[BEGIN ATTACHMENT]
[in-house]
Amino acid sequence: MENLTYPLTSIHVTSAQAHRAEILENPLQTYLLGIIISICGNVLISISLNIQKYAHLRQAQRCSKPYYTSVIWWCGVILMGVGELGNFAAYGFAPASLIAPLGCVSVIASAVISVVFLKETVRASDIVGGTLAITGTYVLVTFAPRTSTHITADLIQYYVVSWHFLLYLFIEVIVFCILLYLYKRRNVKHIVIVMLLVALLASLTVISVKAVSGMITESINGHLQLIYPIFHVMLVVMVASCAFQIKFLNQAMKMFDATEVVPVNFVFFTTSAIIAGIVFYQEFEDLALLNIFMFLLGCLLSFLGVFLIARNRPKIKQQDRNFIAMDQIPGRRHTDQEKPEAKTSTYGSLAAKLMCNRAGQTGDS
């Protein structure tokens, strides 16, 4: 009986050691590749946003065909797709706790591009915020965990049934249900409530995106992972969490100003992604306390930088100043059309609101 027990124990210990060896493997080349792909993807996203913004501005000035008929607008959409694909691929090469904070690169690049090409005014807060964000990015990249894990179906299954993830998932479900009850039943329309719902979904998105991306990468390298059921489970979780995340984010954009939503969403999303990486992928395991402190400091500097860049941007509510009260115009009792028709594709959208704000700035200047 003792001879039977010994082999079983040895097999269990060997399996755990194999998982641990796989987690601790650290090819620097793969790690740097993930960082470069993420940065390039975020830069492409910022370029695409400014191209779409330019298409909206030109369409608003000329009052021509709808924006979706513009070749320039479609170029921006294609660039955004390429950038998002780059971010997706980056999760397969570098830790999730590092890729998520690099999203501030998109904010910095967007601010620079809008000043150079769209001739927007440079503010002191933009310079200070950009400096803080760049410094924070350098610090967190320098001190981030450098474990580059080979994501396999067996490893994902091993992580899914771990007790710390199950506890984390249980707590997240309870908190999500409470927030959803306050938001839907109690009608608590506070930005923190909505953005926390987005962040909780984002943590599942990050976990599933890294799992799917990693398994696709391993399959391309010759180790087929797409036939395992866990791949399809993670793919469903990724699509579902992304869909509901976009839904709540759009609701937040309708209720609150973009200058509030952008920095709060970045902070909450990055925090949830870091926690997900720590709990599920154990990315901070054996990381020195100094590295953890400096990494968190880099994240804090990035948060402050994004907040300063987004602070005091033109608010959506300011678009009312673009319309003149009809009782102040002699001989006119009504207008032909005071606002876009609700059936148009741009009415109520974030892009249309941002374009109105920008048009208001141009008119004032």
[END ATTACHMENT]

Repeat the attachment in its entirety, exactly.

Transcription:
[in-house]
Amino acid sequence: MENLTYPLTSIHVTSAQAHRAEILENPLQTYLLGIIISICGNVLISISLNIQKYAHLRQAQRCSKPYYTSVIWWCGVILMGVGELGNFAAYGFAPASLIAPLGCVSVIASAVISVVFLKETVRASDIVGGTLAITGTYVLVTFAPRTSTHITADLIQYYVVSWHFLLYLFIEVIVFCILLYLYKRRNVKHIVIVMLLVALLASLTVISVKAVSGMITESINGHLQLIYPIFHVMLVVMVASCAFQIKFLNQAMKMFDATEVVPVNFVFFTTSAIIAGIVFYQEFEDLALLNIFMFLLGCLLSFLGVFLIARNRPKIKQQDRNFIAMDQIPGRRHTDQEKPEAKTSTYGSLAAKLMCNRAGQTGDS
């Protein structure tokens, strides 16, 4: 009986050691590749946003065909797709706790591009915020965990049934249900409530995106992972969490100003992604306390930088100043059309609101 027990124990210990060896493997080349792909993807996203913004501005000035008929607008959409694909691929090469904070690169690049090409005014807060964000990015990249894990179906299954993830998932479900009850039943329309719902979904998105991306990468390298059921489970979780995340984010954009939503969403999303990486992928395991402190400091500097860049941007509510009260115009009792028709594709959208704000700035200047 003792001879039977010994082999079983040895097999269990060997399996755990194999998982641990796989987690601790650290090819620097793969790690740097993930960082470069993420940065390039975020830069492409910022370029695409400014191209779409330019298409909206030109369409608003000329009052021509709808924006979706513009070749320039479609170029921006294609660039955004390429950038998002780059971010997706980056999760397969570098830790999730590092890729998520690099999203501030998109904010910095967007601010620079809008000043150079769209001739927007440079503010002191933009310079200070950009400096803080760049410094924070350098610090967190320098001190981030450098474990580059080979994501396999067996490893994902091993992580899914771990007790710390199950506890984390249980707590997240309870908190999500409470927030959803306050938001839907109690009608608590506070930005923190909505953005926390987005962040909780984002943590599942990050976990599933890294799992799917990693398994696709391993399959391309010759180790087929797409036939395992866990791949399809993670793919469903990724699509579902992304869909509901976009839904709540759009609701937040309708209720609150973009200058509030952008920095709060970045902070909450990055925090949830870091926690997900720590709990599920154990990315901070054996990381020195100094590295953890400096990494968190880099994240804090990035948060402050994004907040300063987004602070005091033109608010959506300011678009009312673009319309003149009809009782102040002699001989006119009504207008032909005071606002876009609700059936148009741009009415109520974030892009249309941002374009109105920008048009208001141009008119004032």